Tuesday, September 2, 2014
The real thing
After Jacobean revival doorway of the previous post, here’s an example of a genuine Jacobean manor house. It’s Yarnton Manor, not far from Oxford, and it was built in around 1611 by Sir Thomas Spencer, altered in later centuries, and restored in 1895. The facade that’s visible today is restrained – curvy gables,* but quite small ones, projecting bays that don’t project very much, minimal classical detailing around the doorway – but lovely. It looks an attractive, welcoming house, without aspiring to the grandeur or extravagance of the great ‘prodigy houses’ of the 16th century.
The building was not always home to lords of the manor. By the 19th century it was a farmhouse and it then passed through various owners, institutional and individual. One owner well known around Oxford in the mid-20th century was George Alfred Kolkhorst, university Reader in Spanish, who moved in after he came into his family fortune, having previously lived in rooms in Oxford itself, where he famously entertained students at Sunday-Morning salons. Kolkhorst was known to generations of undergraduates as ‘Colonel’, though he held no such rank: the name was probably applied ironically because he was the least martial of men. The writer and cartoonist Osbert Lancaster, in his autobiographical book With An Eye To The Future, recalls his time at Oxford, when he attended Kolkhorst’s salons in the Oxford rooms, which were full of questionable antiques, or, in Lancaster’s words, ‘objects of dubious virtue’. Lancaster goes on to say that when the ‘Colonel’s’ father died, Kolkhorst ‘moved into what he hoped was a Jacobean manor house’. Clearly, in spite of the later modifications, the hopes were justified.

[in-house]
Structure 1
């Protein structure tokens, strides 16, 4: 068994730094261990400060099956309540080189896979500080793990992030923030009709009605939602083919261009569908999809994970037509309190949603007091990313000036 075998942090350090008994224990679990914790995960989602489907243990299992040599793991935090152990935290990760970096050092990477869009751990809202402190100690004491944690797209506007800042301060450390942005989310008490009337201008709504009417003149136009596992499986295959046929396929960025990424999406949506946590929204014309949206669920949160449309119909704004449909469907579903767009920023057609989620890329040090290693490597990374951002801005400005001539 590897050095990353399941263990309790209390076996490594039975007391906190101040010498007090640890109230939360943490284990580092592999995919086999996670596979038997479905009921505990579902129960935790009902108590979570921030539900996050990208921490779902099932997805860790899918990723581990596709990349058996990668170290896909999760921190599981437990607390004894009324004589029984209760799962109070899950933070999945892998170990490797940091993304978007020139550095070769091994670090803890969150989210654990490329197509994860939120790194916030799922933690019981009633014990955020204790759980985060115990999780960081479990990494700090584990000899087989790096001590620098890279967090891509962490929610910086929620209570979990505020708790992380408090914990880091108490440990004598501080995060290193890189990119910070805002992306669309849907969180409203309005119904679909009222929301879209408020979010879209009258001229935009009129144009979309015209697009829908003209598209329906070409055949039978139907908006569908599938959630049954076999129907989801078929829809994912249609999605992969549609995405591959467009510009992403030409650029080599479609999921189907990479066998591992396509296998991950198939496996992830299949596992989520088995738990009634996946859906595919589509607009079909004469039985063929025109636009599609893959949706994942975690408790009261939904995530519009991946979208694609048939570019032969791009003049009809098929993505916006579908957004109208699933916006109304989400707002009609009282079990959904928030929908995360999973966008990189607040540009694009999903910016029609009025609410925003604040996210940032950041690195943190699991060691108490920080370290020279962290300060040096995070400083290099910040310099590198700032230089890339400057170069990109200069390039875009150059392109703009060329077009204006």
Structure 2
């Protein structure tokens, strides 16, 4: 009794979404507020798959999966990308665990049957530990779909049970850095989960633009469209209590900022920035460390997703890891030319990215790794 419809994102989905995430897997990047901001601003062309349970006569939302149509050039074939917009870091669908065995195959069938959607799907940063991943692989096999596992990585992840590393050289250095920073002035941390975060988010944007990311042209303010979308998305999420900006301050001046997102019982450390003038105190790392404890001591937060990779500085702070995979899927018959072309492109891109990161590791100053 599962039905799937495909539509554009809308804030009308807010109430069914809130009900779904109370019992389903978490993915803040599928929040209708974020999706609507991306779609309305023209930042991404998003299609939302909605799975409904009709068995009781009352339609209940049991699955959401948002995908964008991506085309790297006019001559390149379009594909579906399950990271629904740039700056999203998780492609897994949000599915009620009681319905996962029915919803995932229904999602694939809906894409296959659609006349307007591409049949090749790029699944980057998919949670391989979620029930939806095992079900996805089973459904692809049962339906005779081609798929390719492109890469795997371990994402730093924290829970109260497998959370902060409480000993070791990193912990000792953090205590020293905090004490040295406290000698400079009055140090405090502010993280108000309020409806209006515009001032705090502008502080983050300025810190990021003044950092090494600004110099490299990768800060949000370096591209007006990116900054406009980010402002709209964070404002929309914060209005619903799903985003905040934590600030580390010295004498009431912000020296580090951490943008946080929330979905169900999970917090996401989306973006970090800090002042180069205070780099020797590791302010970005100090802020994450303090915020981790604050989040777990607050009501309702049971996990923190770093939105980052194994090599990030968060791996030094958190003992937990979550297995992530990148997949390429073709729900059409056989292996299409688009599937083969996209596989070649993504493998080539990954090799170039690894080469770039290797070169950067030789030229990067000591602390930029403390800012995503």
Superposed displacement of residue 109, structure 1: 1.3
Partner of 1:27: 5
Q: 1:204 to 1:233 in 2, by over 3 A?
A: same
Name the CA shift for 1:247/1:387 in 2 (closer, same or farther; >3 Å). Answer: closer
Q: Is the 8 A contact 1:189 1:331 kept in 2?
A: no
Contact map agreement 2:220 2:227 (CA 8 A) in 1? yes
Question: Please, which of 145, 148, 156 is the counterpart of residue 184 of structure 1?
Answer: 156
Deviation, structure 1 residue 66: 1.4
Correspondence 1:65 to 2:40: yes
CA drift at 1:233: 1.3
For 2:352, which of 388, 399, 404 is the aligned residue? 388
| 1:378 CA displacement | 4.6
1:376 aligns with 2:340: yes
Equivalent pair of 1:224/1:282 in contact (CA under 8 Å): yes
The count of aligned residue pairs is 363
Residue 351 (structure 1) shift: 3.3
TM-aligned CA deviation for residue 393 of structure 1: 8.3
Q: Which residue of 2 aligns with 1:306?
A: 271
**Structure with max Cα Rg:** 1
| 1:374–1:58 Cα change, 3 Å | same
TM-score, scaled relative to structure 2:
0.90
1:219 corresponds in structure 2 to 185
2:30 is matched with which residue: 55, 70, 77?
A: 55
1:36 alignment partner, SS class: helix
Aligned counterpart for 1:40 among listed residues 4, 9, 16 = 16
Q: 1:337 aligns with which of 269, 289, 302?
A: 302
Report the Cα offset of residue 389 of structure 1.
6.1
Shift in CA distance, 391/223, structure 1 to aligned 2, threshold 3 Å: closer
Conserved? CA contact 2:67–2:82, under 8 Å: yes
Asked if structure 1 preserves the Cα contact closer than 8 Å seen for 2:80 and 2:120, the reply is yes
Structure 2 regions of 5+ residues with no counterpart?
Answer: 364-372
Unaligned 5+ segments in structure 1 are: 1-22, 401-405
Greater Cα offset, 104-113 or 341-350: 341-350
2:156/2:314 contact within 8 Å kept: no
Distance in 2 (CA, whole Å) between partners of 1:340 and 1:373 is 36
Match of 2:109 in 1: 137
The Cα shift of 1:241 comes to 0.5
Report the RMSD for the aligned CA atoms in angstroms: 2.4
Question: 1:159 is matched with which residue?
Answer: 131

After Kolkhorst died in 1958, the house was used as a dormitory by a local school before becoming the home of Oxford University’s Postgraduate Centre for Hebrew Studies. The Hebrew Studies centre is now relocating, and the manor house was put on the market earlier this year. In its quiet setting, so near the city but removed from it, it looks good for another 400 years.
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* Some sources say that these are the result of later remodelling.